I don’t know what it was (maybe the large dinner just before our strenuous hike to see the sunset last night), but I was having terrible stomach pains last night. Every breath was painful. It felt like I’d been punched in the guts. Anyway, horrible night sleep, so I wasn’t feeling so fresh this morning. But, at least the pain has gone away!
We tried to leave nice and early, but didn’t start hiking until closer to 9AM – temperatures were already starting to rise… There are many hiking options available, depending on how keen/fit you are. We’re neither, so we went for the first of the longer hikes, the Windolf Walk. The usual route is up to the first lookout (the one we hiked last night), then through 2km of rather bland hiking, before joining another trail for another couple of kilometres of walking. We skipped that first section, and went for a flatter initial route (though, just as far to walk in total). For us it wasn’t a very exciting trek, but we pushed on through any boredom. I’m sure rock/plant/hiking enthusiasts love it, but I’m more about the view, and there wasn’t much to be had, especially since this is my second time doing this in the last 12 months (thank-you, Boeing).
The end of the official trail gives a beautiful view of the end of the first gorge. It’s rocky and large in all dimensions. Being the second time that I’ve been here and experienced it (and with all the canyon/gap/chasm/gorges that we’ve been seeing recently), I wasn’t as blown away and in awe. Don’t take it the wrong way, it’s a beautiful sight and worth a visit, just some of the lustre had worn off.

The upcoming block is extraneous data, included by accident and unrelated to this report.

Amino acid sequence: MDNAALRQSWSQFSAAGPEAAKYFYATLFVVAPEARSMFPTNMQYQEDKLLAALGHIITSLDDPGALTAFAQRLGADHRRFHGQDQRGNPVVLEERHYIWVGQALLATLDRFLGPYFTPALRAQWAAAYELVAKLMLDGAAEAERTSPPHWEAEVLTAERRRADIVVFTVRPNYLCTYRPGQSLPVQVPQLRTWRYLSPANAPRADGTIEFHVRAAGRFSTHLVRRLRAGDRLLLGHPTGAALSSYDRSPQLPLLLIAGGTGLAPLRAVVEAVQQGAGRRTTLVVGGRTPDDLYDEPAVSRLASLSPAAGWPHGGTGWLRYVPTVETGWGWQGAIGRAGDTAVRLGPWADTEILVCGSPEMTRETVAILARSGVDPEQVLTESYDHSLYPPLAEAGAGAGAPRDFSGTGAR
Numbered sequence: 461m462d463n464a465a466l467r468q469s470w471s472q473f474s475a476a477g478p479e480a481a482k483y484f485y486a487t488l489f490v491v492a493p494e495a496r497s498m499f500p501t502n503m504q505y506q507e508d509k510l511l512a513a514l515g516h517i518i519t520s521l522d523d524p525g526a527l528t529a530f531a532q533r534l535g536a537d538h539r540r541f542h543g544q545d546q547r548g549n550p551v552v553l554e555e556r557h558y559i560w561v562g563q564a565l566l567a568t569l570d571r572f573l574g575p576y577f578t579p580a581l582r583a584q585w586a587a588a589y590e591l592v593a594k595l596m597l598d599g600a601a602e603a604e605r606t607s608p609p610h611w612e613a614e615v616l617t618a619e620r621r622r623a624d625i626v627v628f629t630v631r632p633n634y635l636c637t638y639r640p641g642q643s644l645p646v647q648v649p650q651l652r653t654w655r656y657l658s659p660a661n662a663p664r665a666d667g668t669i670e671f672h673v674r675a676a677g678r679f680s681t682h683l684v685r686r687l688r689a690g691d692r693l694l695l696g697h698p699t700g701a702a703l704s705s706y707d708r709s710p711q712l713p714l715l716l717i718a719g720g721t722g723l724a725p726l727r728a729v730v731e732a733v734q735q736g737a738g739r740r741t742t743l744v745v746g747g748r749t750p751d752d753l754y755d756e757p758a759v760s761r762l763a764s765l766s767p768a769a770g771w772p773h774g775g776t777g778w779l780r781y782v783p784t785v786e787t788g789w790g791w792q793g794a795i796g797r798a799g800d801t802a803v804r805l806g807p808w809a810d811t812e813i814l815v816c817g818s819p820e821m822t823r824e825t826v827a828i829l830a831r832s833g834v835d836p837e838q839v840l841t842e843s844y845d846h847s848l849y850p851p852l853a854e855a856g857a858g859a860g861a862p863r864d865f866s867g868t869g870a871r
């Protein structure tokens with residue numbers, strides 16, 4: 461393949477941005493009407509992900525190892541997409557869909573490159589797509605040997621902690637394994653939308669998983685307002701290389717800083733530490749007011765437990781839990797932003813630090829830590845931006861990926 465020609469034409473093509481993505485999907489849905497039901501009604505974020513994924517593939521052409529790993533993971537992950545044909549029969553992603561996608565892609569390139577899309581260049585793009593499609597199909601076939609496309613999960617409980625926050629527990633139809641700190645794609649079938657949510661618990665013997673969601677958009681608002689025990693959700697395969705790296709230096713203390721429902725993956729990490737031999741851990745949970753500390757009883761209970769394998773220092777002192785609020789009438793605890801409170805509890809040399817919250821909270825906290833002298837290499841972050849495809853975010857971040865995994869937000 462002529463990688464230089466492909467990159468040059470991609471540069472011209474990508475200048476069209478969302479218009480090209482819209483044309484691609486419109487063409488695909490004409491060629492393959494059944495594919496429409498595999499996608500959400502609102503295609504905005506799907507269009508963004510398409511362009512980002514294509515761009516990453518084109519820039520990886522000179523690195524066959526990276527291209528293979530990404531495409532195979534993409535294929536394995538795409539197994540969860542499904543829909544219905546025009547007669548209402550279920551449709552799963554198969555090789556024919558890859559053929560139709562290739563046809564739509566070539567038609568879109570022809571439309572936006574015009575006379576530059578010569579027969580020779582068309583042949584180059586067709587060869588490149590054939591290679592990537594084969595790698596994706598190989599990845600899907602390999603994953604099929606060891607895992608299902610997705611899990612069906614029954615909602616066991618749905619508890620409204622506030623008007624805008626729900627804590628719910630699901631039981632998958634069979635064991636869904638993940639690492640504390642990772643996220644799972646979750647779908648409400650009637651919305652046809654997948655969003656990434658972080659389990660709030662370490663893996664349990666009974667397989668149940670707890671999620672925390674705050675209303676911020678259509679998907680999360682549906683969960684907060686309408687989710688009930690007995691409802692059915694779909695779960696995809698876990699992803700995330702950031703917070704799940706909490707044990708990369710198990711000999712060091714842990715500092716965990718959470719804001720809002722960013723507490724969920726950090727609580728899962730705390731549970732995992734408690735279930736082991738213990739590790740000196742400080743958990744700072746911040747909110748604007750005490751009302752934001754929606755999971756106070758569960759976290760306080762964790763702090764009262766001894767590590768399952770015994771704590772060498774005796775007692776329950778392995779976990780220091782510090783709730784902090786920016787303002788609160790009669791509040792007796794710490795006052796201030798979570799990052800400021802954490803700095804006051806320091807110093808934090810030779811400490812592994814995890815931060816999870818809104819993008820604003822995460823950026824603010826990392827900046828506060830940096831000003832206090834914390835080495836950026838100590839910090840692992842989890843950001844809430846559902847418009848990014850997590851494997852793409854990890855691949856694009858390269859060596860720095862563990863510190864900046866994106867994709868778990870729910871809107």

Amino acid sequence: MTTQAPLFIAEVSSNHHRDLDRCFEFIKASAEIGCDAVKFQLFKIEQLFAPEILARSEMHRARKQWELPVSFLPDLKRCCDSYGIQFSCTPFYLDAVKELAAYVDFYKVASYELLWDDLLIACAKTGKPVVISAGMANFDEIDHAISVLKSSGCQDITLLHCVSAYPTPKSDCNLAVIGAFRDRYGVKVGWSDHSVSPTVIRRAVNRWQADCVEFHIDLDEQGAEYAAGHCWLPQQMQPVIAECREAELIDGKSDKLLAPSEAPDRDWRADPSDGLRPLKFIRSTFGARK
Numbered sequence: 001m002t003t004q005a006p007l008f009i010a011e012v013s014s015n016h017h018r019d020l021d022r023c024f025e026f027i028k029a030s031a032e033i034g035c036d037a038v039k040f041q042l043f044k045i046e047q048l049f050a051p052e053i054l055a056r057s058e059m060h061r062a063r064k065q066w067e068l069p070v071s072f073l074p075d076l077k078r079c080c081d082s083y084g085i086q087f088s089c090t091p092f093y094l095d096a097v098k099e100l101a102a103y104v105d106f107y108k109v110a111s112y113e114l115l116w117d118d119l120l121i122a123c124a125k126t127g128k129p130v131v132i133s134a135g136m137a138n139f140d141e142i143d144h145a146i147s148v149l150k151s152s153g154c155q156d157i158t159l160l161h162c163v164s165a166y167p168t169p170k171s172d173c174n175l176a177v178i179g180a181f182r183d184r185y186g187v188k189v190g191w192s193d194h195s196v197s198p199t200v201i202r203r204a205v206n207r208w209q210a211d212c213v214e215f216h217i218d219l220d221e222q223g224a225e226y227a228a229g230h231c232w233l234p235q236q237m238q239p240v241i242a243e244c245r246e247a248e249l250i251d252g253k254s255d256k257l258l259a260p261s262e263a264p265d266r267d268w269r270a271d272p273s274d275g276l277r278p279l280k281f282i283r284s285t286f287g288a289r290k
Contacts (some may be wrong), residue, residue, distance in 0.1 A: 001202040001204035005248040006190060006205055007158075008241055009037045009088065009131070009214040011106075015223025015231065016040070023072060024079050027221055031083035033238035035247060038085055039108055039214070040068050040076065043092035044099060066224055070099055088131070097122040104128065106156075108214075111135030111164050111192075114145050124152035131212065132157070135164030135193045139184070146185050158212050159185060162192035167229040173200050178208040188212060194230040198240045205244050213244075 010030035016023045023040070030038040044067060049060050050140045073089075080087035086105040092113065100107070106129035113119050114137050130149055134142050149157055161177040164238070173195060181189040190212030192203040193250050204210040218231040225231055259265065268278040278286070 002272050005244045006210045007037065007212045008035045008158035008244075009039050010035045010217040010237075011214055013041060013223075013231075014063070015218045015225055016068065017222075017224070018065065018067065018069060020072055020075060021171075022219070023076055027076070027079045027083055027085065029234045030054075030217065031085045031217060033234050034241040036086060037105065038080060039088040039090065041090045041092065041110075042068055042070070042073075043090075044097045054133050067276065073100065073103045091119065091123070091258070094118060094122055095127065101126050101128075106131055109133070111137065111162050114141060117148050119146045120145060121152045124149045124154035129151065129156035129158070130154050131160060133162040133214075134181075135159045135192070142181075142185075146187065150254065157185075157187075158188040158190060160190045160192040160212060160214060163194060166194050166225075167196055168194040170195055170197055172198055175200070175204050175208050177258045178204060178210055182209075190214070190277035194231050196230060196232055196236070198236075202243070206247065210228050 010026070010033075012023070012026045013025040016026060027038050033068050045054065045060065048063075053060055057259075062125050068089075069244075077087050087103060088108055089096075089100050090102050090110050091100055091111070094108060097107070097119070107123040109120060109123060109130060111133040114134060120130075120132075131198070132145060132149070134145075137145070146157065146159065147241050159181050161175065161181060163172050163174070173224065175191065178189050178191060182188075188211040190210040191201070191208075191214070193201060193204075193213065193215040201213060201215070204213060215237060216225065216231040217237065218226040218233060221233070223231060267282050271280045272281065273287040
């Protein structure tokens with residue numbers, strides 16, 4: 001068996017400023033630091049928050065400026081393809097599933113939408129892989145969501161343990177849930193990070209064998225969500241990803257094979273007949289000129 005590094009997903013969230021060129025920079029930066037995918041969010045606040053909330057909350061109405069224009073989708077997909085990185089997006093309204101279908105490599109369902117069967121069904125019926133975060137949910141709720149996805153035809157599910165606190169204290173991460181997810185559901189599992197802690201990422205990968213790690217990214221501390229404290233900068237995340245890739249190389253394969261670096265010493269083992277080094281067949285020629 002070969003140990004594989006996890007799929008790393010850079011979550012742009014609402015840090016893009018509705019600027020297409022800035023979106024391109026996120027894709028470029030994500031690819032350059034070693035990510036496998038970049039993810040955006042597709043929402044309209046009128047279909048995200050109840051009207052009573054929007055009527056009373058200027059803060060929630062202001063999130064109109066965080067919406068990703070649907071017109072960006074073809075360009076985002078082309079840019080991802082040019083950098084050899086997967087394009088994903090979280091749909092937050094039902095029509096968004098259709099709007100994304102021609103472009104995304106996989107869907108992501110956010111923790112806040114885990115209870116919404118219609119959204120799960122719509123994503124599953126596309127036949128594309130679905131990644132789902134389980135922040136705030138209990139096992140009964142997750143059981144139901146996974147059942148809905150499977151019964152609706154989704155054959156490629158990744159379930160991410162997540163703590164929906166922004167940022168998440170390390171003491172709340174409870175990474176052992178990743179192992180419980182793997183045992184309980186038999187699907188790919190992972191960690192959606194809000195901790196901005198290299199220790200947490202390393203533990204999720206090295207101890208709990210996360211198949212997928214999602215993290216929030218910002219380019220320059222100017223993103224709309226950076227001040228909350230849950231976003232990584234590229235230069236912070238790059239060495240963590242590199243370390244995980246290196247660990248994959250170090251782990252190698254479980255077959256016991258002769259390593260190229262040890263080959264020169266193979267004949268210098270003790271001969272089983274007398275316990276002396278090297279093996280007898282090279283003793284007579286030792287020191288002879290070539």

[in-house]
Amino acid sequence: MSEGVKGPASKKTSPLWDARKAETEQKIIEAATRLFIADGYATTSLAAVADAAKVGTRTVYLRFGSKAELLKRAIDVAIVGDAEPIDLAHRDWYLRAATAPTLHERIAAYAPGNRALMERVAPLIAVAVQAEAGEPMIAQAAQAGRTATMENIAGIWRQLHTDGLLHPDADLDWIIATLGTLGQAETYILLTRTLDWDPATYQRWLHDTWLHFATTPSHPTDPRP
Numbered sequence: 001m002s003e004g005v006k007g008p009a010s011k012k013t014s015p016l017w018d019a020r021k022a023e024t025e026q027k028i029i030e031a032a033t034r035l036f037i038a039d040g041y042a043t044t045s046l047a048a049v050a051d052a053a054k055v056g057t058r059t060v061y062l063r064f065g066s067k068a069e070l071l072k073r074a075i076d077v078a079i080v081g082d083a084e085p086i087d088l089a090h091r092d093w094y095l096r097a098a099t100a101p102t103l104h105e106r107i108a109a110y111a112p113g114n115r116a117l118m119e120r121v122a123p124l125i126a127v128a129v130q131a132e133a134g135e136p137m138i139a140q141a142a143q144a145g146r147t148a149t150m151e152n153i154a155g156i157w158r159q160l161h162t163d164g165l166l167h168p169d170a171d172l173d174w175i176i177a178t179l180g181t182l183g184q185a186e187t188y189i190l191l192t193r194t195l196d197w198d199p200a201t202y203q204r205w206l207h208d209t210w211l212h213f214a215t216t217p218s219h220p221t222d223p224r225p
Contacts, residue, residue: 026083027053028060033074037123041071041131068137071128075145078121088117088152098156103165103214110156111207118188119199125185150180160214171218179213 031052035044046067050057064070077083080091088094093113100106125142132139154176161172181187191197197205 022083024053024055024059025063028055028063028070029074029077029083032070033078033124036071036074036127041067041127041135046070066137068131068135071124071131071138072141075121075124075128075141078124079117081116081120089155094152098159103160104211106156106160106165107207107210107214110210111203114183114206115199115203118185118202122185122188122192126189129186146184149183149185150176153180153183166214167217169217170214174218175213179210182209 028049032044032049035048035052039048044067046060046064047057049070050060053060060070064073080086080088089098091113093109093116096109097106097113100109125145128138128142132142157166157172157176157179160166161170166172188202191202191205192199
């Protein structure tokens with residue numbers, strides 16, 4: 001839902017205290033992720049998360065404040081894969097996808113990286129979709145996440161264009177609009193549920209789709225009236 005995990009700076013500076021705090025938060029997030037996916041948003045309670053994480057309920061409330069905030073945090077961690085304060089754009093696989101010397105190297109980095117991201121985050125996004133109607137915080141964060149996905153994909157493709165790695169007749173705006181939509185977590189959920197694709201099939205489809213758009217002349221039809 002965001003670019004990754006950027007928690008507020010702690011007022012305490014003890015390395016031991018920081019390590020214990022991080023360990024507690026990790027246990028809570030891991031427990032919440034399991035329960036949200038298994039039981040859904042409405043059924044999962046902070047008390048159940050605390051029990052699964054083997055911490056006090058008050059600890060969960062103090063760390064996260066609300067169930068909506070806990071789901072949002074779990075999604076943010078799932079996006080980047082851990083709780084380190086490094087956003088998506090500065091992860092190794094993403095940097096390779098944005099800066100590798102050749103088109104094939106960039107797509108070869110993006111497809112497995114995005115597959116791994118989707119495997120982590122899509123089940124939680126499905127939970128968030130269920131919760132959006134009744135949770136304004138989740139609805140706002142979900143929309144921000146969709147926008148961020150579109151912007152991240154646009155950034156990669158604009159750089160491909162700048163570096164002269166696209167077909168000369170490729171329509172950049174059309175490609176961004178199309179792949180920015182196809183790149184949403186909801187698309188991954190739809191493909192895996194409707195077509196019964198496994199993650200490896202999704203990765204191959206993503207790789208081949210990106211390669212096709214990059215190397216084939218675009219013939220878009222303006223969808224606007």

There is a trail from the end of the walk, Pat’s Lookout, that takes you down to water-level. It looks like they’ve tried to stop people using it (it’s not on the maps, and the first few trail markers have been removed), but the trail is still easy enough to follow, and there is nothing stopping you walking it (or requesting that you don’t access the area), so we climbed (and, really, in places it was like easy rock climbing) down to the bottom of the gorge.
From the bottom we could follow the shore to a small set of rapids that we could use to cross to the other side of the gorge. There are some rock paintings, but it was quite difficult to make them out. There is also a nice swimming hole, but by the time we’d sat in the shade and had a small lunch break we were feeling quite cool, and not really in the mood for a swim in cold water (and wet clothes for the return trip).
There is a small pontoon near the jetty for the tour boats that you are allowed to swim from, so still hot from the hiking, we had a quick dip (well, I did, I had to coax Risa out) and returned to our campsite for some lunch and well deserved rest and relaxation.